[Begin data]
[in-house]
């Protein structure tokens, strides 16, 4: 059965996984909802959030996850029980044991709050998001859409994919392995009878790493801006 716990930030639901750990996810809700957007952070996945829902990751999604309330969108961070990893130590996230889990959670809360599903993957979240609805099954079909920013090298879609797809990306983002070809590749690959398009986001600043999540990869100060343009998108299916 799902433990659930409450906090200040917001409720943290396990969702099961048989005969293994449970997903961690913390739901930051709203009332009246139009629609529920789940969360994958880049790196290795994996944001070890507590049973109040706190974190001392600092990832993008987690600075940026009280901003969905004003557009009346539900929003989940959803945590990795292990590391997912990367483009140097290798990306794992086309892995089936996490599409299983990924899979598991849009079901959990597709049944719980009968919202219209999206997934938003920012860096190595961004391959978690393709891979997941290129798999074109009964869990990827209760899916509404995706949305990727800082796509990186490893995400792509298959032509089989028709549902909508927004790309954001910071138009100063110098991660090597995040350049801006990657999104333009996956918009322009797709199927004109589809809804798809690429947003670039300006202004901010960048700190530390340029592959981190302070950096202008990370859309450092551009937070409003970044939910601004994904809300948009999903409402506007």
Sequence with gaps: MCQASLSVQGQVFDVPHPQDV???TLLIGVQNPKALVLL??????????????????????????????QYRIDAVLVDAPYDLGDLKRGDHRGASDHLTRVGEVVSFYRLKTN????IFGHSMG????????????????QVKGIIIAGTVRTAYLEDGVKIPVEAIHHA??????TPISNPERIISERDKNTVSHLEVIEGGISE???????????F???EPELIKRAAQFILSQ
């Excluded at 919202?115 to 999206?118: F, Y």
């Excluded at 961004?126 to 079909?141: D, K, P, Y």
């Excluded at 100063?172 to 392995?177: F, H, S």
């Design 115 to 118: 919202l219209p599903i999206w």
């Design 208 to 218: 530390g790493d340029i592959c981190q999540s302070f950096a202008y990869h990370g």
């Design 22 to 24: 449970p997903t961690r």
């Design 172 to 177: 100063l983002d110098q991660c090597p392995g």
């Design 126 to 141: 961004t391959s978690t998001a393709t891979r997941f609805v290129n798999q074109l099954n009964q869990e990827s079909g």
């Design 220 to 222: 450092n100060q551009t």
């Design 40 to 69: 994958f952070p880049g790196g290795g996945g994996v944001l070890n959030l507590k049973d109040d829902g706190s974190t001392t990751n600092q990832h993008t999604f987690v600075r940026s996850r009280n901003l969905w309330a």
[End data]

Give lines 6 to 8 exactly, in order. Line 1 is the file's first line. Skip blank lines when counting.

């Excluded at 100063?172 to 392995?177: F, H, S």
């Design 115 to 118: 919202l219209p599903i999206w």
């Design 208 to 218: 530390g790493d340029i592959c981190q999540s302070f950096a202008y990869h990370g």